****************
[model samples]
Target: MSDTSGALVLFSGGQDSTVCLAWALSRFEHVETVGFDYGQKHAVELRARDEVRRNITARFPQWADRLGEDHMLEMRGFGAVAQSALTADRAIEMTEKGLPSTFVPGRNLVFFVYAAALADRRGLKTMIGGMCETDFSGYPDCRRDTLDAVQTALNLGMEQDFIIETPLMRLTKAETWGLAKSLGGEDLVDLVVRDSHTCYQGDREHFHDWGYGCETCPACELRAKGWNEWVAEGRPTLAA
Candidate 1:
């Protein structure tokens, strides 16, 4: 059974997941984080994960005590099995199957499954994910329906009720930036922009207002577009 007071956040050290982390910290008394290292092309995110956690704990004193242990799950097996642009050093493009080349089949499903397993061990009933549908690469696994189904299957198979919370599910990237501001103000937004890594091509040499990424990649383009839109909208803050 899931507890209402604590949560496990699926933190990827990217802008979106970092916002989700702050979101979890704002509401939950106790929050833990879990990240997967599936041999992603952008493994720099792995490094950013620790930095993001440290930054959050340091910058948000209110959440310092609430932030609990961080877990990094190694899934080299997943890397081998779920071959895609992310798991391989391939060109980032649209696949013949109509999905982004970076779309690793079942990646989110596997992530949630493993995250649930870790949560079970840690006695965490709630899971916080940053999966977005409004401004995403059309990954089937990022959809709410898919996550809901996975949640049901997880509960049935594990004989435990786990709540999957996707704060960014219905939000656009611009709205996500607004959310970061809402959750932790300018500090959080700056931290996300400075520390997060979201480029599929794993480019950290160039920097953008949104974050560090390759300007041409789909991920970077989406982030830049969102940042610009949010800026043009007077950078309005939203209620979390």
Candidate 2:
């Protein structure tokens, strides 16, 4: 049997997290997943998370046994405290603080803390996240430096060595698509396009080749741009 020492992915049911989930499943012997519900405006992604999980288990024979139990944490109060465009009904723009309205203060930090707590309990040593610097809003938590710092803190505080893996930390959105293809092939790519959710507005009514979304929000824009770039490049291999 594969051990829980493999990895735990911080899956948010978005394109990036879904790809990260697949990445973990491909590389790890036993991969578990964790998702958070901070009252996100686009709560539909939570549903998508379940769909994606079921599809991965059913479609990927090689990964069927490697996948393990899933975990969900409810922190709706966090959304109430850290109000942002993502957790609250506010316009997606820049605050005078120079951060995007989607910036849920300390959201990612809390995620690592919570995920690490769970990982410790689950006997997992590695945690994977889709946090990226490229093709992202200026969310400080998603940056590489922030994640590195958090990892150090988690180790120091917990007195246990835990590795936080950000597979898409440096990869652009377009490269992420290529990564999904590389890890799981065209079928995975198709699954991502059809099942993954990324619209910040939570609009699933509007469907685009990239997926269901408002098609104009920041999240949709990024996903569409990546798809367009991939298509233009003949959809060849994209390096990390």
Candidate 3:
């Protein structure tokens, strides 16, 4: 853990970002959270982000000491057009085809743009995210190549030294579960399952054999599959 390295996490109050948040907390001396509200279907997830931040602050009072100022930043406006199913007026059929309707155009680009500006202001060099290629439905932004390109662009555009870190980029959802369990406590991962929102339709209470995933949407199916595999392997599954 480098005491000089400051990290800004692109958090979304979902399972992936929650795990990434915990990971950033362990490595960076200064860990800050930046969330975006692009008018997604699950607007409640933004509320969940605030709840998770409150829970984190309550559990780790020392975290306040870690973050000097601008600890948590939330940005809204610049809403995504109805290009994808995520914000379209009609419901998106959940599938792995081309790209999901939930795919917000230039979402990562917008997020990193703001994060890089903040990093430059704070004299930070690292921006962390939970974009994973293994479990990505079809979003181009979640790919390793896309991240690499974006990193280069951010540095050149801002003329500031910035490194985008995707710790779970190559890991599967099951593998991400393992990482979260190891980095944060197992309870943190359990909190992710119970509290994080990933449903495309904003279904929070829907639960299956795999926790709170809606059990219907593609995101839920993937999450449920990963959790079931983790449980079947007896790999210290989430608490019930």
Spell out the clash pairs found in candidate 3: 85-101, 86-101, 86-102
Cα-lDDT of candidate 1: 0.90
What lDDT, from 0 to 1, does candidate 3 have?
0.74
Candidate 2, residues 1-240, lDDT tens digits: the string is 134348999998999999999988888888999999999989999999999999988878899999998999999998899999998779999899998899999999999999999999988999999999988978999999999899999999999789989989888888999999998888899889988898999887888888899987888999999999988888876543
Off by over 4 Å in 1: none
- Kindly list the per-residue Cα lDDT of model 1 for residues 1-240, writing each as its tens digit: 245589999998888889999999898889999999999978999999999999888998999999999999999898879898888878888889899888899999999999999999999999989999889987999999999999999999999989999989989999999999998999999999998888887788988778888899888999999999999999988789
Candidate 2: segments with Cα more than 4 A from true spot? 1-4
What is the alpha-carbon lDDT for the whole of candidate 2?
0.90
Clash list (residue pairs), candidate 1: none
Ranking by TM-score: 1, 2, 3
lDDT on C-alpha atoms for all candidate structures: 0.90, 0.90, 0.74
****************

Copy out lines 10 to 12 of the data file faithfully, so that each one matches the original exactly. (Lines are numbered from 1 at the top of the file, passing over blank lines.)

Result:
Cα-lDDT of candidate 1: 0.90
What lDDT, from 0 to 1, does candidate 3 have?
0.74